The threat of a wire coat hanger has reappeared in my lifetime.
I did not expect to move backward. Or be forced backward, more accurately. I thought, erroneously, that gained ground – that ground – was so intrinsically linked to the idea of American freedom that it was unassailable to rallying political rhetoric. It would be like advocating for a return to slavery, I thought. But then, I am in Texas.
They are calling for our stories and I don’t have one. I’ve never faced that decision. Through luck and medicine, or rocky biology, I’ve avoided that condition. And I’m grateful. And I can’t imagine imposing my choice on anyone else – or the hubris of people who would.
Senator Wendy Davis stands in pink tennis shoes, speaking. Stuck at work, I catch moments of the live stream from my phone.
Now Republicans are claiming a third strike on Davis, effectively ending her filibuster at 11 hours.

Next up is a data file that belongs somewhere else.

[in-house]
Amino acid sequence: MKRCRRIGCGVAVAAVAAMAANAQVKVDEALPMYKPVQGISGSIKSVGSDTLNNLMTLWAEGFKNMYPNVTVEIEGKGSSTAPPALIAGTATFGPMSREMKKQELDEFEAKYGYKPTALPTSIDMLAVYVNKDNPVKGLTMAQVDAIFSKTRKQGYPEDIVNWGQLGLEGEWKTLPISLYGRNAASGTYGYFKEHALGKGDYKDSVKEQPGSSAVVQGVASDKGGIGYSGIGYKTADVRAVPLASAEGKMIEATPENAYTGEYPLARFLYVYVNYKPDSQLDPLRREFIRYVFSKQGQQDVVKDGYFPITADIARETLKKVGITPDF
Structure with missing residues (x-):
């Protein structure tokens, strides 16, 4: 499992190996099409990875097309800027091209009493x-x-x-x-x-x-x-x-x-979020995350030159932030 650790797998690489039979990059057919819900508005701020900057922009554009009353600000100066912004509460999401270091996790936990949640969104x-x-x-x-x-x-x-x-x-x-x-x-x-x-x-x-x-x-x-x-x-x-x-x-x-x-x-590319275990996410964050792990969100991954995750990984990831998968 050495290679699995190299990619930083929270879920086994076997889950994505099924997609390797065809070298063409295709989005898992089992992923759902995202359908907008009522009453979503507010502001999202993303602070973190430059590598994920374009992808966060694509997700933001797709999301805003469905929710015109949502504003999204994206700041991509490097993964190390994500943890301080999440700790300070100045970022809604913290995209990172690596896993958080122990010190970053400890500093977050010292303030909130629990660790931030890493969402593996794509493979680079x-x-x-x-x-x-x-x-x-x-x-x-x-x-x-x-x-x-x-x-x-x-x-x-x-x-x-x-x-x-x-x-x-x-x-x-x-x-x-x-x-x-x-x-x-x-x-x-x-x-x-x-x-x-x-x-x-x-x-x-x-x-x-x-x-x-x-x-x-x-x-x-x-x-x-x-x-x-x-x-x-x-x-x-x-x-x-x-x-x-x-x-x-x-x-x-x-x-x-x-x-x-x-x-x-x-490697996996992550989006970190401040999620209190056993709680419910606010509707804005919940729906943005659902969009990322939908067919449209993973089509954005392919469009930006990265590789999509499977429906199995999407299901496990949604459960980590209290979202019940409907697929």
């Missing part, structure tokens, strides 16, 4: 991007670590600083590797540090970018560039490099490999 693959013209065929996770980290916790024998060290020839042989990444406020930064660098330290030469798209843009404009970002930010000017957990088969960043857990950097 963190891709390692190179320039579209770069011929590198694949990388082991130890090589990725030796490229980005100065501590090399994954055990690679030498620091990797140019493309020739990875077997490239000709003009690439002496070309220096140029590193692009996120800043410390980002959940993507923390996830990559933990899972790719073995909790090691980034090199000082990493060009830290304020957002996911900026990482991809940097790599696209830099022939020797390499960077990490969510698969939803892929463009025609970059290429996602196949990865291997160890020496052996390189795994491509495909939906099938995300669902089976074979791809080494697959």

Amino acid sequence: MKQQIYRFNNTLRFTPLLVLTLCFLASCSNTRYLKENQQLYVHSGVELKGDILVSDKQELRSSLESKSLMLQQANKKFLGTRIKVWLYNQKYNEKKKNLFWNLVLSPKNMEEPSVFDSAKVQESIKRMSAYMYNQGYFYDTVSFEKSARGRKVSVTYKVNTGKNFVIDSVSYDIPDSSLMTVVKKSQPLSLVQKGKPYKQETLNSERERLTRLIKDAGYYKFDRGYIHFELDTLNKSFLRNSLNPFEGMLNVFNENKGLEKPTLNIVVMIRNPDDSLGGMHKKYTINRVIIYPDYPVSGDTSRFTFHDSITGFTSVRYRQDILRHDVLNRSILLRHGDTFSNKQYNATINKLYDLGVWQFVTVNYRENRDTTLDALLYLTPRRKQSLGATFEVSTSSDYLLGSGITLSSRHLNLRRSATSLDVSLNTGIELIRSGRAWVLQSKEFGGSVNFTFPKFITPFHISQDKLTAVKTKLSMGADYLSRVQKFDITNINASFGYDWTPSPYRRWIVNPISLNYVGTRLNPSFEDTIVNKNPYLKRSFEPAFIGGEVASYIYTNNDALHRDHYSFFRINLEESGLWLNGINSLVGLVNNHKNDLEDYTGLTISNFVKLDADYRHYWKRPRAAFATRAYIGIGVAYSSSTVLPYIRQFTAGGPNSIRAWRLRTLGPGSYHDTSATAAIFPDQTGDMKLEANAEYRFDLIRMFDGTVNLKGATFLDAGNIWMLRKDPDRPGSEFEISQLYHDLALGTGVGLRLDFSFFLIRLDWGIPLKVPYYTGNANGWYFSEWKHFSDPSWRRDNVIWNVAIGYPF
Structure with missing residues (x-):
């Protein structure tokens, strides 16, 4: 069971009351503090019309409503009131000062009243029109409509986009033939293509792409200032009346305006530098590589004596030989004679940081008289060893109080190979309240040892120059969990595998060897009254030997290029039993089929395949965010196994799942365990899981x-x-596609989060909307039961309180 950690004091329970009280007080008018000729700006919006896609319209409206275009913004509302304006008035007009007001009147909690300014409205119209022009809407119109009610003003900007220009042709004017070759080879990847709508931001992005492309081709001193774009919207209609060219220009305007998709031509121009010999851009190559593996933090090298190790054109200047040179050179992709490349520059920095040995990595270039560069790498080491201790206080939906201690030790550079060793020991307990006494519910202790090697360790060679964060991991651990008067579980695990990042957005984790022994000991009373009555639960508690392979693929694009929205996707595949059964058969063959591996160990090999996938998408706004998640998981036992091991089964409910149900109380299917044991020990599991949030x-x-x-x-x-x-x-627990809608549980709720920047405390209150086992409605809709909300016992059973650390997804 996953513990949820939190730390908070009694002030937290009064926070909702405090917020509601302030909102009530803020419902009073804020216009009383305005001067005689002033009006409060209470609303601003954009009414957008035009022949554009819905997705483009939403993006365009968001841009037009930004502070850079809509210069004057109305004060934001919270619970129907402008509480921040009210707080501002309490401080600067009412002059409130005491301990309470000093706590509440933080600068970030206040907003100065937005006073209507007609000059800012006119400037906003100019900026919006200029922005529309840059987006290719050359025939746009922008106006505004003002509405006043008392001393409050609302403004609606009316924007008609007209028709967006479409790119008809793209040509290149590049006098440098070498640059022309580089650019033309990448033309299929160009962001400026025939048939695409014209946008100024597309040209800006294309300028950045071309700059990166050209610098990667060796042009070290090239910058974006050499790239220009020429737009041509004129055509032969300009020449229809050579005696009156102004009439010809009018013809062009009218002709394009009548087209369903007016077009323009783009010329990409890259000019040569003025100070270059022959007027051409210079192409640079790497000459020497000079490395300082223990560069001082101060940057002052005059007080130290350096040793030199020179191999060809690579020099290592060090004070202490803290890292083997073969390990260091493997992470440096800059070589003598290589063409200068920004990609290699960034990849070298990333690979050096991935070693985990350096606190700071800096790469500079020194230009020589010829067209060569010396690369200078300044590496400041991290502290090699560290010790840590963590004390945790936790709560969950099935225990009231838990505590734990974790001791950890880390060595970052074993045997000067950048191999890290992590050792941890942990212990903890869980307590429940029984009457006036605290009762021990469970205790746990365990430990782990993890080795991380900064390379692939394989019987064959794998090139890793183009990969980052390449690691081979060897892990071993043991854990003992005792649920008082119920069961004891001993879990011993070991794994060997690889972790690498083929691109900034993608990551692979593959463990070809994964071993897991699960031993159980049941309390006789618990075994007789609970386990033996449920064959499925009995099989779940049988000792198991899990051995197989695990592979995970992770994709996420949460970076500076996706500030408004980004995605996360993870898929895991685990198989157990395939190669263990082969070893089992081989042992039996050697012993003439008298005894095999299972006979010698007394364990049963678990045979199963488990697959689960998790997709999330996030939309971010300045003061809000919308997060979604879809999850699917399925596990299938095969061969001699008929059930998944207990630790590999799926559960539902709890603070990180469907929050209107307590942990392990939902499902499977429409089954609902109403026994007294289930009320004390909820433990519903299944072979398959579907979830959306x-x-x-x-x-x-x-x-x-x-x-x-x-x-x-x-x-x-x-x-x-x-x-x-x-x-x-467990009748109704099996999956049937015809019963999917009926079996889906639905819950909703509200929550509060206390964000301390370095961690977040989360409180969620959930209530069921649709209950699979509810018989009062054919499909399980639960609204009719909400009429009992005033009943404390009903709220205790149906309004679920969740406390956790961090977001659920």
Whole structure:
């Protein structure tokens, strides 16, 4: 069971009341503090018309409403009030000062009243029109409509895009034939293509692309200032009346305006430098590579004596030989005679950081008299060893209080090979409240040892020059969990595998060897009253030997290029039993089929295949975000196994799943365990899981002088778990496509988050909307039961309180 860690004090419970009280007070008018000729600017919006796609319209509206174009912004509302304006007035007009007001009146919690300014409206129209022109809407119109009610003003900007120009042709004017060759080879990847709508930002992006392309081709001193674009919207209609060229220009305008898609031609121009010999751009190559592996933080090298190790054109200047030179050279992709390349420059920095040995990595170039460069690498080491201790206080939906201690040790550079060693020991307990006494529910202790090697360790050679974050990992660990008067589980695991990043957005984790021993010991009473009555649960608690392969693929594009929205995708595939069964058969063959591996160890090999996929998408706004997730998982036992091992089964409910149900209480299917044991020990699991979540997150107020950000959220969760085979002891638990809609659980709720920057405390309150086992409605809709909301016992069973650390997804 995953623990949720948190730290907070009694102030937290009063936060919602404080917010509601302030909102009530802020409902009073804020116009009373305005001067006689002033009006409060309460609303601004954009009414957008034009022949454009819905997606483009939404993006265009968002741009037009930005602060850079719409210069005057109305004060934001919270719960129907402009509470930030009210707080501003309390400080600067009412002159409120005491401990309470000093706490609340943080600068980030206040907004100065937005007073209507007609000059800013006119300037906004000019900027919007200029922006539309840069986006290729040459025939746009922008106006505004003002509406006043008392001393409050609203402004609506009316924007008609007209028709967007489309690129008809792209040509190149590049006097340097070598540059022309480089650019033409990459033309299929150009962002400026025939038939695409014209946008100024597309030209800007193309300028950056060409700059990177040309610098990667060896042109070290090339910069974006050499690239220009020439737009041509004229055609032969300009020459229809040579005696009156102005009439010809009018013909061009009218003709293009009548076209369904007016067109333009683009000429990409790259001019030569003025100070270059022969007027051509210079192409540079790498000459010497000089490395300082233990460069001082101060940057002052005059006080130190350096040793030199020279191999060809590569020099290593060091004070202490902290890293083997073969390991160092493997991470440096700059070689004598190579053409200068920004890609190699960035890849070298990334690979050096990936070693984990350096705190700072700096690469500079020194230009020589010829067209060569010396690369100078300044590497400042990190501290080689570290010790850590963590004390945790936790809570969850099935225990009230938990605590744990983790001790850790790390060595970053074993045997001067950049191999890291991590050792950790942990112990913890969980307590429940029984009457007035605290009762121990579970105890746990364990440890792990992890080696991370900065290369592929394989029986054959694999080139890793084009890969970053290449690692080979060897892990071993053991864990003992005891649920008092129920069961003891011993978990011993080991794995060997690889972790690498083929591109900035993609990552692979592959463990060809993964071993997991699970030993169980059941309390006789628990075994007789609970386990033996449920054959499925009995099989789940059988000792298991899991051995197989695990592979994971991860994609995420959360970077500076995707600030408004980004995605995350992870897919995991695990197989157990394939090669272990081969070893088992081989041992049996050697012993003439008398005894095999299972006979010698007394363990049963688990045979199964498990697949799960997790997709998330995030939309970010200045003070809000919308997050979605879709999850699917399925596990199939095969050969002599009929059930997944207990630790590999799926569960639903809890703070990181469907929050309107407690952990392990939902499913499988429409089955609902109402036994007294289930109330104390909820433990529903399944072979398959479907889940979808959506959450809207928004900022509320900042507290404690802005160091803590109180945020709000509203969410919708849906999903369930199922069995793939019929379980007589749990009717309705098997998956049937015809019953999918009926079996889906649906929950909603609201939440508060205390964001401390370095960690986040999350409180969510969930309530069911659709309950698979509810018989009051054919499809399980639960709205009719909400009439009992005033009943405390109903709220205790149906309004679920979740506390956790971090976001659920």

I’m outraged at Republican attempts to derail the filibuster by labeling Roe v. Wade “not germane” to the issue. Not germane? How is that possible?
People are outraged in the Gallery too; the spectators there are shouting, hooting, screaming. The filibuster is over, and even though Senator Watson has displayed deft and comprehensive skill with legislative rules, and even though Senator Van Putte has refused to be brushed away like a fly, they have called a vote. But they can’t hear the results. It’s chaos on the floor. For twenty minutes the Gallery echoes back the cacophonous anger of those who have been forced silent for too long.
They cannot hear themselves over the voices of the people. How appropriate.